CRP El Niño member - Mr. Dimitri Gutierrez
Mr. Dimitri Gutierrez
Instituto del Mar del Peru
The Peruvian Coastal Upwelling Ecosystem is complex, variable and productive, being subjected to significant interannual variability as a consequence of the El Niño Southern Oscillation cycle (ENSO), and its warm and cold phases named El Niño (EN) and La Niña (LN). Among the main oceanographic and ecological features off the Peruvian coast during neutral and cold ENSO conditions, it should be mentioned here:
- a rather permanent coastal upwelling due to the action of the southeastern trade winds
- a shallow but intense oxygen minimum zone (OMZ, < 0.5 ml L-1, ~ 50-500 m) that intersects the coastal margin and affects the biological communities and biogeochemical processes in the water column and in the sediments
- a dominant poleward circulation near the coast, consisting in a shallow inshore (< 100 km), equatorward wind-drift current and a poleward undercurrent (PUC) associated to the core of the OMZ
- Primary production rates reaching 1 kg C m-2 y-1 on average in upwelling waters. These conditions make unlikely the developmentof coral populations in the ecosystem domain, but enable the upper continental margin sediments to record the environmental and ecosystem variability, due to the combination of high productivity, near-anoxic conditions over the bottom and low dilution by terrigenous sediments in certain areas (Krissek & Scheidegger, 1983; Suess et al., 1990).
A major part of the upper continental margin sediments are characterized by very high contents of organic matter in the surface layers. Fine sediments and organic carbon content tend to increase from north to south, in a rough parallelism with the latitudinal trend of the vertical and horizontal extension of the OMZ. On the other hand, the continental shelf is wider (up to 80 miles) off the northern and central coast (north of 14ºS), while it almost dissappears off the southern coast. Therefore the central Peruvian continental margin appears as a region of enhanced sedimentation and burial of organic carbon. There are observed several nuclei of very high surface organic carbon content (> 10%) below upwelling centers in wide shelf areas (Delgado & Gomero, 1988). Off the central coast (09-15° S), 210Pb-sedimentation rates vary from 0.05 cm y-1 to >0.2 cm y-1 on the continental shelf, and from 0.04 to 0.15 cm y-1 on the continental slope (Reimers & Suess, 1983; Henrichs & Farrington, 1984, McCaffrey et al., 1990, Levin et al., 2002, 2003, D. Gutiérrez & J.L. Reyss, unpub. data). In contrast, sediments of the Peru slope tend to be highly heterogeneous; authigenic precipitation of phosphorites, erosive processes and lateral transport are dominant processes superceding effects of depth or bottom water oxygenation on sediment properties (Levin et al., 2002).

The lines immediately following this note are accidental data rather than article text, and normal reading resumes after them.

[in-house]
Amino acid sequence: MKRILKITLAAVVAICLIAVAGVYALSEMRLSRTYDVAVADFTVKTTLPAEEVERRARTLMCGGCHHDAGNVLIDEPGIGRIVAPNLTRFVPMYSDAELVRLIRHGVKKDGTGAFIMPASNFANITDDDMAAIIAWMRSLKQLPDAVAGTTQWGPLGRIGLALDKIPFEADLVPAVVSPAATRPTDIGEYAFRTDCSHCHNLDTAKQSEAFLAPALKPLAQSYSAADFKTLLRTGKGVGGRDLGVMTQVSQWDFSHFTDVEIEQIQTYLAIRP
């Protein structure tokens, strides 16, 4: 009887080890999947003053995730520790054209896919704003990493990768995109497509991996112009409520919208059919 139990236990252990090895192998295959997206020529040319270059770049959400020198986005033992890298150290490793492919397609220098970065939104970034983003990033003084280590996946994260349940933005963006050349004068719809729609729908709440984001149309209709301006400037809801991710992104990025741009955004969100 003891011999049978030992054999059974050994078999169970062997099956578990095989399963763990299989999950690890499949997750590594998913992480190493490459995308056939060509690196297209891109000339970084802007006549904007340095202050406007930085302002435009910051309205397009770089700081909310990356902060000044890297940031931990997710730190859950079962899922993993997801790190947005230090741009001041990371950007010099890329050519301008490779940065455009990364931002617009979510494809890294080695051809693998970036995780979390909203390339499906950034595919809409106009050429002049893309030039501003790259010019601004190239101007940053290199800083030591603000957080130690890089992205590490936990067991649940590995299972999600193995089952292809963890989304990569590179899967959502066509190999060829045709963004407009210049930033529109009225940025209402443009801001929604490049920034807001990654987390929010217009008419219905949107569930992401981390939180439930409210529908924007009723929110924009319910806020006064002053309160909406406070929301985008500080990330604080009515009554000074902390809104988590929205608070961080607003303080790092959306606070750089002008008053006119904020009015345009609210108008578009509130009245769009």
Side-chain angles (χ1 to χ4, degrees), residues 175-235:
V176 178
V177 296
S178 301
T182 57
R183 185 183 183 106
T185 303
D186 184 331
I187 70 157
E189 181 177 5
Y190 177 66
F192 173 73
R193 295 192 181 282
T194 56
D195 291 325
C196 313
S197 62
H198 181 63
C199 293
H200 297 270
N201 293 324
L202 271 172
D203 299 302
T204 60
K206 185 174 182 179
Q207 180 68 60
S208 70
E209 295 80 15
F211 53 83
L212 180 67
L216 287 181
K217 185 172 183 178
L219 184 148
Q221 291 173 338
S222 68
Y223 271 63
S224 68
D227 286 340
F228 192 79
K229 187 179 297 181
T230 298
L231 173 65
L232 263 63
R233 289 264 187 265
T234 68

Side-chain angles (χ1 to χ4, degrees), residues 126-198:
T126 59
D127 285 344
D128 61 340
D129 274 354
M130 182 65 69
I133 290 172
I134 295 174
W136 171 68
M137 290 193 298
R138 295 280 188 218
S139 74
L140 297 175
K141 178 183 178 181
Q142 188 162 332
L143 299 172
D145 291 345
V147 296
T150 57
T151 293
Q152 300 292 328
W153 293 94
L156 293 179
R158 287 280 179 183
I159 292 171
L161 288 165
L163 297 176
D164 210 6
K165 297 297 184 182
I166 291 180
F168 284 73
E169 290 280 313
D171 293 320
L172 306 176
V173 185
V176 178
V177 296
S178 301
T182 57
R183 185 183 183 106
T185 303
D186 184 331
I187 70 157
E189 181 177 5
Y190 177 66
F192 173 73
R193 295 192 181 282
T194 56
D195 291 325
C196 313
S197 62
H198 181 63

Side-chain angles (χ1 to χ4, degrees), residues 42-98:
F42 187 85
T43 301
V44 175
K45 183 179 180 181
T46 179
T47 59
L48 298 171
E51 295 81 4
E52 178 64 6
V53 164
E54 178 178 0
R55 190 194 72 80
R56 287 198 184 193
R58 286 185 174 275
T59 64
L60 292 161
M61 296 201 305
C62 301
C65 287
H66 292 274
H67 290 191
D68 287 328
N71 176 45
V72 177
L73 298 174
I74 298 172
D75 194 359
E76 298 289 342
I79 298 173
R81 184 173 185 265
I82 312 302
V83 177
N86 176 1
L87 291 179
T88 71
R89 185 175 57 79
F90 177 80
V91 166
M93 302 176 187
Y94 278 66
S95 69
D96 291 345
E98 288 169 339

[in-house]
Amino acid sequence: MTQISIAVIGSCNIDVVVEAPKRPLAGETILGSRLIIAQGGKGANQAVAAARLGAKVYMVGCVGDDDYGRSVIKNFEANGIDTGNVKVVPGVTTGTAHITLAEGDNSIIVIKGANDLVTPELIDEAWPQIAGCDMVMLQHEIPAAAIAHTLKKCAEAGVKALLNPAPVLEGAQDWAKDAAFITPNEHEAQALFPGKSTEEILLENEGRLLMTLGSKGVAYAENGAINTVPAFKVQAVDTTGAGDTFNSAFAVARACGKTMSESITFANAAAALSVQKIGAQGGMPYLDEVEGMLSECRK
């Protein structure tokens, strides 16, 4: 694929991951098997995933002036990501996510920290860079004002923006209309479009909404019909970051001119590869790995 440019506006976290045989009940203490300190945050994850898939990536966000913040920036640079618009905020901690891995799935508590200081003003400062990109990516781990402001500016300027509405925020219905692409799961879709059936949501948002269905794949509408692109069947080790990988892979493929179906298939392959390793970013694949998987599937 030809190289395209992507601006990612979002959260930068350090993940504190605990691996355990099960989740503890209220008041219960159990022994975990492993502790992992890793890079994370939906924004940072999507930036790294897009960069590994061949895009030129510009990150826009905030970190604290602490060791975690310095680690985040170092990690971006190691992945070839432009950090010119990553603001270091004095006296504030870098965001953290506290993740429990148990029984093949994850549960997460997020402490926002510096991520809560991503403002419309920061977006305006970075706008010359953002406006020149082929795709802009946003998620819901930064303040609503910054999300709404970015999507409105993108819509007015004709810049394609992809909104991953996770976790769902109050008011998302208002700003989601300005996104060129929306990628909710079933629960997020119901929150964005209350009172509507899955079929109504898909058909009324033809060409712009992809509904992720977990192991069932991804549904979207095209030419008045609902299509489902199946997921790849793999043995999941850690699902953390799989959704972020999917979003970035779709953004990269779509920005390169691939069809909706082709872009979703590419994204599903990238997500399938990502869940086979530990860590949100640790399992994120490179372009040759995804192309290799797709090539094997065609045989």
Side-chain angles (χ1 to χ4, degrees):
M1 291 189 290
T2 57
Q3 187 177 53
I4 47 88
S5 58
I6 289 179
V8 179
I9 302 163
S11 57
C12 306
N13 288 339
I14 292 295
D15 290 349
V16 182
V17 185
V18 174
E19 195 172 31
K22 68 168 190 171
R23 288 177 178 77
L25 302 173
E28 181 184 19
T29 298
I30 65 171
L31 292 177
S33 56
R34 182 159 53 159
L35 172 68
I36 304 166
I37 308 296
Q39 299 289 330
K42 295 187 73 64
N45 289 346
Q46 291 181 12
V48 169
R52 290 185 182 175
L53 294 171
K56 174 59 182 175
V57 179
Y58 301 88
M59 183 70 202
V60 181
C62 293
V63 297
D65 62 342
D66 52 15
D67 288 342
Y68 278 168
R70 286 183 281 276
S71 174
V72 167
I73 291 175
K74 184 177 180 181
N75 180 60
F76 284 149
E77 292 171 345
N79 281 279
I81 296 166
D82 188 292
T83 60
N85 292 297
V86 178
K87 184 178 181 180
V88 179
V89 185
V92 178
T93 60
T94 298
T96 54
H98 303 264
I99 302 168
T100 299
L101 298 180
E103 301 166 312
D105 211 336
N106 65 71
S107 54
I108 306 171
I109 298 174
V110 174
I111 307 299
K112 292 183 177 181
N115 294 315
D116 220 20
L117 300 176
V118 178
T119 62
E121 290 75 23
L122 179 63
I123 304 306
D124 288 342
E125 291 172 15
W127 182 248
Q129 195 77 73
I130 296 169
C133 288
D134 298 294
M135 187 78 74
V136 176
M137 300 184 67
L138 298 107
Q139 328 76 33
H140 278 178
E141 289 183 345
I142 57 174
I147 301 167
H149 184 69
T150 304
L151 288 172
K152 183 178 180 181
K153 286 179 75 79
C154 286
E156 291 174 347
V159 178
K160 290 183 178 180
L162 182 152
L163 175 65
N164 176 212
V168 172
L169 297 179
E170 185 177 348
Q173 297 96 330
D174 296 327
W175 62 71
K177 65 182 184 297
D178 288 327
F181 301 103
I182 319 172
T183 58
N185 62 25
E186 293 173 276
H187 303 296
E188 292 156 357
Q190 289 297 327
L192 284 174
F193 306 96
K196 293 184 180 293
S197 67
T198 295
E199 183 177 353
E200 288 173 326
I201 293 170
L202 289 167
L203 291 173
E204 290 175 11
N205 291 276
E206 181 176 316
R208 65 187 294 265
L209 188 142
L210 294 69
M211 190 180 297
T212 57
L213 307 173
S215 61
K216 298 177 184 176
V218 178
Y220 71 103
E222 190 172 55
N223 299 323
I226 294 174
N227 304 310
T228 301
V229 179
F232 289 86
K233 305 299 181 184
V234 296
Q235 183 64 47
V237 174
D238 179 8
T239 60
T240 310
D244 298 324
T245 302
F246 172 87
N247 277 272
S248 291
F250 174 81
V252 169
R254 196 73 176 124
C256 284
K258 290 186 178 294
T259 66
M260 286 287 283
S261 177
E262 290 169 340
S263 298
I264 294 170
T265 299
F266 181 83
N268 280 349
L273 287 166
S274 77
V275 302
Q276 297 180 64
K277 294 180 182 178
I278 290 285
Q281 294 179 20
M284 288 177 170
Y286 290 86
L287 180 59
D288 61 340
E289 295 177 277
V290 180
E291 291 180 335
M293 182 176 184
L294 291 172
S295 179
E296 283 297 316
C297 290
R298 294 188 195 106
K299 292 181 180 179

A few studies have tried to reconstruct the recent decadal or subdecadal variability (from Holocene to past hundred of years) of the PCUE from the anoxic sediment records (e.g. McCaffrey et al., 1990, Skilbeck et al., 2004). Research studies from the ODP program have focused on longer time scales, though have revealed potential sites for higher resolution studies. In general, surface laminated sediments are present only in certain areas off the central coast, which implies a dedicated exploration effort to locate and map these spots.
In this context, the Instituto del Mar del Peru have started a research paleo-oceanographic program in 2003 with the general goal of reconstructing the past 2000 years of environmental (temperature, oxygen minimum) and ecosystem (productivity, ecosystem structure and fish population dynamics) variability of the PCUE. This program is complemented by collaborative projects with IRD-France (research unit Paleotropique) and other institutions from Latin America. Our research is focused on to locate the spots of laminated sediments, to characterize its background properties (sediment accumulation rates and sedimentological parameters) and to use a multiproxy approach (stable isotopic analyses of organic matter and foraminiferal tests, geochemical biomarkers, microfossil assemblages including fish scales) in order to reveal the past environmental and ecosystem variability. One of the specific goals is to precise if the sediment cores (or part of them) are able to record ENSO impacts (physico-chemical, geochemical, biological) and then permit to reconstruct this variability mode in the recent past.
Our participation in the CRP project Nuclear and isotopic studies of the El Niño phenomenon in the ocean will permit us to complement analytical tasks and to develop interactions with similar international research programs, which will enrich our current research goals and scopes. On the other hand, we expect to provide research products that will be of interest for our CRP research partners. Since we also are interested in develop a capacity building in Peruvian institutions (as Instituto del Mar del Perú and Instituto Peruano de Energía Nuclar) in order to sustain this sort of research in the future, we also expect to receive assistance to enhance the current facilities and personnel capabilities for paleoclimate research in Peru.